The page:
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Oregon Narrowly Approves K-12 Spending Plan

Oregon lawmakers narrowly approved an $8.2 billion two-year spending plan for K-12 schools Tuesday.

The final vote was 31-28, and the measure now heads to Gov. Kate Brown's desk.

The K-12 plan is an 11 percent increase over the previous budget cycle, but many lawmakers said it still wasn't enough.

Rep. Diego Hernandez of Portland was one of four freshman Democrats to cross the aisle and vote with Republicans against the measure.

"We need our schools to be the schools our students deserve," Hernandez said. "For that reason, I'm voting no today, but I will make it my mission to work as hard as I can to make sure we strengthen funding for our schools."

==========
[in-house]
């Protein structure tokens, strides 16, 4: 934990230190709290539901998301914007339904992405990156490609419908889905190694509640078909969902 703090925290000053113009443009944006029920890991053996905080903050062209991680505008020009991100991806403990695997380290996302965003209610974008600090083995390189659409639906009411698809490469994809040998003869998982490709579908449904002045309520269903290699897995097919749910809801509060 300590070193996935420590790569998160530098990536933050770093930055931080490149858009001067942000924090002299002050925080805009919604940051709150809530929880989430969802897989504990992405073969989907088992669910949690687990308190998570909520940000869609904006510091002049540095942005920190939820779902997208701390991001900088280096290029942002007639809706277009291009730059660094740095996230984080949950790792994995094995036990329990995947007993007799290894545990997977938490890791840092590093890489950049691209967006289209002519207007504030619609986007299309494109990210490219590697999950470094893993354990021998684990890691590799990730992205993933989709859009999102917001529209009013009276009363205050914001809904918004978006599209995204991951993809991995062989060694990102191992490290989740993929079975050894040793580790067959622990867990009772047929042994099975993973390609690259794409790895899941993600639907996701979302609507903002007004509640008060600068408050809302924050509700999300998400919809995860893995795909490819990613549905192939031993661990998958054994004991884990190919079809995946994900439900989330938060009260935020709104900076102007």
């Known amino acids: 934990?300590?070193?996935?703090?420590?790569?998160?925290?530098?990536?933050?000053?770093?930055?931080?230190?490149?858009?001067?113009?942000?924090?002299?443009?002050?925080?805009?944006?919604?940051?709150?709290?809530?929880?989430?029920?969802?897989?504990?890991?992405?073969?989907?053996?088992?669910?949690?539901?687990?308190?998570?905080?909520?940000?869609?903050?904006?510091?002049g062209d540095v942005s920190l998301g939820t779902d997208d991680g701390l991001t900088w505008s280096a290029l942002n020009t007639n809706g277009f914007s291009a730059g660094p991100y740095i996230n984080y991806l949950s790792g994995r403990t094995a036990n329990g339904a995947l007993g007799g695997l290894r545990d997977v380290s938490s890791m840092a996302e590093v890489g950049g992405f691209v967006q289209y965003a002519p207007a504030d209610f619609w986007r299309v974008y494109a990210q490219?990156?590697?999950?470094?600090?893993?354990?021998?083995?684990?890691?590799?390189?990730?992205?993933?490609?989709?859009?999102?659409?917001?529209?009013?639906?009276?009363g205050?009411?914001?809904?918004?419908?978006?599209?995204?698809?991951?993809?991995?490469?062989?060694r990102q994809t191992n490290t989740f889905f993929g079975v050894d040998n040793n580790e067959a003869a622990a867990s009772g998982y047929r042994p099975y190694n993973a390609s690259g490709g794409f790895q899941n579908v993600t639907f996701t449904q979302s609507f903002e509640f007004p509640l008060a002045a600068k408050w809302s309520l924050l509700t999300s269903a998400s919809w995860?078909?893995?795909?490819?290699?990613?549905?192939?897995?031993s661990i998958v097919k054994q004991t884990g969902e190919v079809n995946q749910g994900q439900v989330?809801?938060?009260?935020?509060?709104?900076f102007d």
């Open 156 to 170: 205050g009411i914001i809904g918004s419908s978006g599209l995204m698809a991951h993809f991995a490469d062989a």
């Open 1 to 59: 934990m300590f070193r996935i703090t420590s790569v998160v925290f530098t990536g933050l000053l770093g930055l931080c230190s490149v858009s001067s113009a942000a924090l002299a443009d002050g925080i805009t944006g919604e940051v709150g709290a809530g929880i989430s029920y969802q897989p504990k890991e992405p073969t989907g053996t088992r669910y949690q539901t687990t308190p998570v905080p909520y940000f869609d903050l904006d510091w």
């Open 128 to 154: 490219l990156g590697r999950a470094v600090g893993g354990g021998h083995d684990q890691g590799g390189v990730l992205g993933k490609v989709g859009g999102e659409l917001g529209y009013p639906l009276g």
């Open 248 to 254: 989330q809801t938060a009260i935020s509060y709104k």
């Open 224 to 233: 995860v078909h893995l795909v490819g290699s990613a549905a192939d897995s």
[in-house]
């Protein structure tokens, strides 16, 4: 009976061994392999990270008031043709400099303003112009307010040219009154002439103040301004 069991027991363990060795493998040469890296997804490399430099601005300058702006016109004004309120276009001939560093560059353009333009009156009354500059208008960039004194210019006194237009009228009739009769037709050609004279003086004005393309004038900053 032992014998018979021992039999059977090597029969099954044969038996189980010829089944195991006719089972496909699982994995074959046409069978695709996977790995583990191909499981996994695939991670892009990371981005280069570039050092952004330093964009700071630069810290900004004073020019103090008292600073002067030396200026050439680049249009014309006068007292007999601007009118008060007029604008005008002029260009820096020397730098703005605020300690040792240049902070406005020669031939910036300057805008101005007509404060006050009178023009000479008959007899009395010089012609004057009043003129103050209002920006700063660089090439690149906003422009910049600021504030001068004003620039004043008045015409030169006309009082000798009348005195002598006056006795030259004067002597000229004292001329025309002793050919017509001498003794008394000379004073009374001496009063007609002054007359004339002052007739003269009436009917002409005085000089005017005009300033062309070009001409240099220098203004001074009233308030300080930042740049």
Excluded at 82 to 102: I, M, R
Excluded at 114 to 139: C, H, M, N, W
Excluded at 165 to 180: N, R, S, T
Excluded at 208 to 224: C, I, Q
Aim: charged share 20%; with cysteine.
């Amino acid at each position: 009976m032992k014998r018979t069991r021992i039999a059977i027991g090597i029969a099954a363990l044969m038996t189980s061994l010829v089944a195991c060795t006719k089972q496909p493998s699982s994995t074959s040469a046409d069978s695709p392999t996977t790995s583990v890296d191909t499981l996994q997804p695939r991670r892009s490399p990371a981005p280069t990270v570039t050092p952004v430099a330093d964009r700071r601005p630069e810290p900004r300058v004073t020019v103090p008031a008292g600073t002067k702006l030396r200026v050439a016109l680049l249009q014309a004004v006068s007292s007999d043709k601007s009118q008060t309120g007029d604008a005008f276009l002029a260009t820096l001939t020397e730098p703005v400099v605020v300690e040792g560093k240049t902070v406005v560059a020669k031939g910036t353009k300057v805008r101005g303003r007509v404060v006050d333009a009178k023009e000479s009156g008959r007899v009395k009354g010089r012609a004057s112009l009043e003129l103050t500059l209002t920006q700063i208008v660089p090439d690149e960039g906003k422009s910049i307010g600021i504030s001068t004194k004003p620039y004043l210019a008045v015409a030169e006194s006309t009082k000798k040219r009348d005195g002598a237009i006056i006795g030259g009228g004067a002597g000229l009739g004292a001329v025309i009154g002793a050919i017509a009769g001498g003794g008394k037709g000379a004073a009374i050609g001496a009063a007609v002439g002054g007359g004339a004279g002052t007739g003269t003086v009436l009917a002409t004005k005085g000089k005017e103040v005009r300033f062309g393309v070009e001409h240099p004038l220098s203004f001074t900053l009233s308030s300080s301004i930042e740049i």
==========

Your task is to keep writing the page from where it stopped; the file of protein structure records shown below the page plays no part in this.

Democrats accused Republicans of stonewalling efforts to raise revenue by overhauling the way the state taxes businesses.

"The Democratic leaders have fought all session to find a path that would allow us to invest even more in public schools," said Rep. Margaret Doherty, D-Tigard. "This budget represents the absolute best we can responsibly afford. Without long-term structural revenue reform, $8.2 billion is the best we can hope for this session."

But Republicans accused Democrats of failing to act on cost-containment measures for state government that the GOP said would have freed up more money for schools.

"We do need more resources," said Rep. Rich Vial, R-Scholls. "The reality, however, is that the broken and inadequate revenue system … is something we cannot fix without securing the trust of the voters and taxpayers that it requires in order to make that fix. And the reality is right now that they do not trust us."

Copyright 2017 Oregon Public Broadcasting